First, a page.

Saturday, March 27, 2004

Time travel was still a much bigger deal than it would become in the Next Generation era. Nimoy the director wanted to portray it, not as people moving through the externals of time (as was done, for example, in the original George Pal production of H.G. Wells' The Time Machine, and Nick Meyer's movie about H.G. Wells and Jack the Ripper in late 1970s San Francisco, "Time After Time") but as an internal experience. On the DVD commentary he expresses disappointment with the result, while Shatner praises the creativity of the art department expressed in the sequence. They both might be right. The sequence has a nice eerie charm, and a certain amazement factor in this early suggestion of morphing, but it doesn't really signify much that seems specific to time travel.

When they come out of their trances, Kirk sees the earth: the question is when. "Judging from the pollution content of the atmosphere," Spock says, "I believe we have arrived at the latter half of the twentieth century." Harve Bennett has left the building, temporarily. Nick Meyer is in the house.

So far we have the makings of that grand but not grim adventure Nimoy wanted. On the DVD he describes it as following the Joseph Campbell monomyth pattern: the hero's journey common to many cultures. Their homeland is in peril (but only potentially; so far all we've seen are some lights going out, some bad weather and broken windows. Nothing like, say, people dying horribly of disease.) Our heroes have begun their journey into the unknown by going back in time, to save their earth "if we can," as Kirk says in his brief but stirring pep talk that launches them into the dangerous world of...1980s earth. He tells the crew they are in "terra incognita," a neat choice of words considering the circumstances.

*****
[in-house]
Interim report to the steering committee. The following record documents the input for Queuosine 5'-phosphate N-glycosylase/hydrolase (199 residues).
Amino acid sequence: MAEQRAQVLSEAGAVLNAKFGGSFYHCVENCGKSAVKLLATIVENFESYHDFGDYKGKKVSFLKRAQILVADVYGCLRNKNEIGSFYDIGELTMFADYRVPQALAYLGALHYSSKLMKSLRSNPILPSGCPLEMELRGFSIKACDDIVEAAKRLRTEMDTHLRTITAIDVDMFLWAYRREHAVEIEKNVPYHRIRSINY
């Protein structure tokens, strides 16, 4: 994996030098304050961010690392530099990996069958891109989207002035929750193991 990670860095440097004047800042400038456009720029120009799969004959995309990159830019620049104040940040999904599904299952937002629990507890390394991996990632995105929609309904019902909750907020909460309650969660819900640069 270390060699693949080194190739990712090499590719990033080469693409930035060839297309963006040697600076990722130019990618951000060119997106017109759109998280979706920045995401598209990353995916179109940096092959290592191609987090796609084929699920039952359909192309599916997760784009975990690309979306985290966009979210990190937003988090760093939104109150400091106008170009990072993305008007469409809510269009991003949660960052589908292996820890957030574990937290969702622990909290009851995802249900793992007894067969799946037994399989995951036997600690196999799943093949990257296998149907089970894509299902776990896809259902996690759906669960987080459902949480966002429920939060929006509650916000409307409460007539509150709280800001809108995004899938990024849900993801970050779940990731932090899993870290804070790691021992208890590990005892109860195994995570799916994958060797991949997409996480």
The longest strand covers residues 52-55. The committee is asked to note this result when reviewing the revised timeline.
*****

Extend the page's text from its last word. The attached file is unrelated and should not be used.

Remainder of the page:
The danger is signaled in Meyer's first laconic Spock line about pollution, and Kirk's warning in his pep talk that they are about to enter a "primitive, paranoid culture." Though Gene Roddenberry again had little to do with this film---Harve Bennett said he made some small changes based on Roddenberry's memos---this is consistent with his view of contemporary humanity, which he would soon make most explicit in the opening episode of Next Generation. But in this section of this film, the words and the point of view are Nick Meyer's, who ironically or not had some distasteful run-ins with Roddenberry during Star Trek II, which Meyer wrote and directed.

Of course, it was a point of view generally shared by the other principals on this film. Opportunity for another political comment came as the Enterpriseless crew ventured onto the streets of San Francisco. They gathered on a busy streetcorner, peering at the daily newspaper in its transparent box. Nimoy had to devise a headline that would be topical and yet perennial. He chose "Nuclear Arms Talks Stalled," which coincidentally referred to the other Greenpeace issue.

"It's a miracle these people ever got out of the twentieth century," Dr. McCoy observes.

We did, but as for getting out of the twenty-first century, that could be even tougher. Consider this: as I write this in 2005 (20 years later, and the Soviet Union long gone), nations of the world are about to send representatives to New York to discuss updates to the nuclear weapons non-proliferation treaty of 1970. Just days before its scheduled start, the participants cannot even agree on an agenda. An appropriate headline might very well be: Nuclear Arms Talks Stalled.

There is social and cultural comment as well. Kirk and Spock are discussing "colorful metaphors." Kirk says they appear in the literature of the day, such as "the collected works of Jacqueline Susann, the novels of Harold Robbins."

"Ah," Spock says, "the giants."

Take that, Philip Roth, Thomas Pynchon, Don DeLillo, Margaret Atwood, Gabriel Garcia Marquez. It's the literary equivalent of the future people in Woody Allen's "Sleepers" saying that they've discovered that smoking and eating fat is good for you.

By now, the high adventure with hints of humor ("Everybody remember where we parked") has become full-blown funny. At first it's situational: the "fish out of water" humor enabled by time travel. Star Trek made its mark with comment on current day issues displaced into the future. Now it was bringing the future home to create comment on today, and have some fun doing it.

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